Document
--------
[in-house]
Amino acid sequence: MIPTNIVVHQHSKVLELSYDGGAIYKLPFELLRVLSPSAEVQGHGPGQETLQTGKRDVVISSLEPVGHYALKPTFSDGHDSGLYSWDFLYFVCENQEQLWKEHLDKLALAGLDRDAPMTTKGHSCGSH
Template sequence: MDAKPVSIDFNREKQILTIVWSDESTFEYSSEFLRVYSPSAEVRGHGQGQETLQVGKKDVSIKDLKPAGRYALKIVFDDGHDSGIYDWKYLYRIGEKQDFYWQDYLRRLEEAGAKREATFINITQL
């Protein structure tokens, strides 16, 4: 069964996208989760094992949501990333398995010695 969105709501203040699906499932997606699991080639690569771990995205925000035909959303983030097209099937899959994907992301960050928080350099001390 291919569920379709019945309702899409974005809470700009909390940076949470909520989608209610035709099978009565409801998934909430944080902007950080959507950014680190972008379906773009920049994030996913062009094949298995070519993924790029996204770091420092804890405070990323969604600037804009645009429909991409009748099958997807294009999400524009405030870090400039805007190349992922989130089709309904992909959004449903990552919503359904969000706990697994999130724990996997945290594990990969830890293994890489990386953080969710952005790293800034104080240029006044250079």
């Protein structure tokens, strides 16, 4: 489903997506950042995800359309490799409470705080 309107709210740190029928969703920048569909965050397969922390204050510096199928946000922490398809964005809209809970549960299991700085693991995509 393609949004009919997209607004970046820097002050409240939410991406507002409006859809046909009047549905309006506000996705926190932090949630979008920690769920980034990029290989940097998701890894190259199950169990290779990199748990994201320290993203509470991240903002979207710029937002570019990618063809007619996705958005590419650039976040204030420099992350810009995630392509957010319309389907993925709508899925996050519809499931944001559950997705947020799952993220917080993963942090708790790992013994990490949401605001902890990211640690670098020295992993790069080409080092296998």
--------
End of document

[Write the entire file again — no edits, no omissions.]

[in-house]
Amino acid sequence: MIPTNIVVHQHSKVLELSYDGGAIYKLPFELLRVLSPSAEVQGHGPGQETLQTGKRDVVISSLEPVGHYALKPTFSDGHDSGLYSWDFLYFVCENQEQLWKEHLDKLALAGLDRDAPMTTKGHSCGSH
Template sequence: MDAKPVSIDFNREKQILTIVWSDESTFEYSSEFLRVYSPSAEVRGHGQGQETLQVGKKDVSIKDLKPAGRYALKIVFDDGHDSGIYDWKYLYRIGEKQDFYWQDYLRRLEEAGAKREATFINITQL
């Protein structure tokens, strides 16, 4: 069964996208989760094992949501990333398995010695 969105709501203040699906499932997606699991080639690569771990995205925000035909959303983030097209099937899959994907992301960050928080350099001390 291919569920379709019945309702899409974005809470700009909390940076949470909520989608209610035709099978009565409801998934909430944080902007950080959507950014680190972008379906773009920049994030996913062009094949298995070519993924790029996204770091420092804890405070990323969604600037804009645009429909991409009748099958997807294009999400524009405030870090400039805007190349992922989130089709309904992909959004449903990552919503359904969000706990697994999130724990996997945290594990990969830890293994890489990386953080969710952005790293800034104080240029006044250079």
């Protein structure tokens, strides 16, 4: 489903997506950042995800359309490799409470705080 309107709210740190029928969703920048569909965050397969922390204050510096199928946000922490398809964005809209809970549960299991700085693991995509 393609949004009919997209607004970046820097002050409240939410991406507002409006859809046909009047549905309006506000996705926190932090949630979008920690769920980034990029290989940097998701890894190259199950169990290779990199748990994201320290993203509470991240903002979207710029937002570019990618063809007619996705958005590419650039976040204030420099992350810009995630392509957010319309389907993925709508899925996050519809499931944001559950997705947020799952993220917080993963942090708790790992013994990490949401605001902890990211640690670098020295992993790069080409080092296998």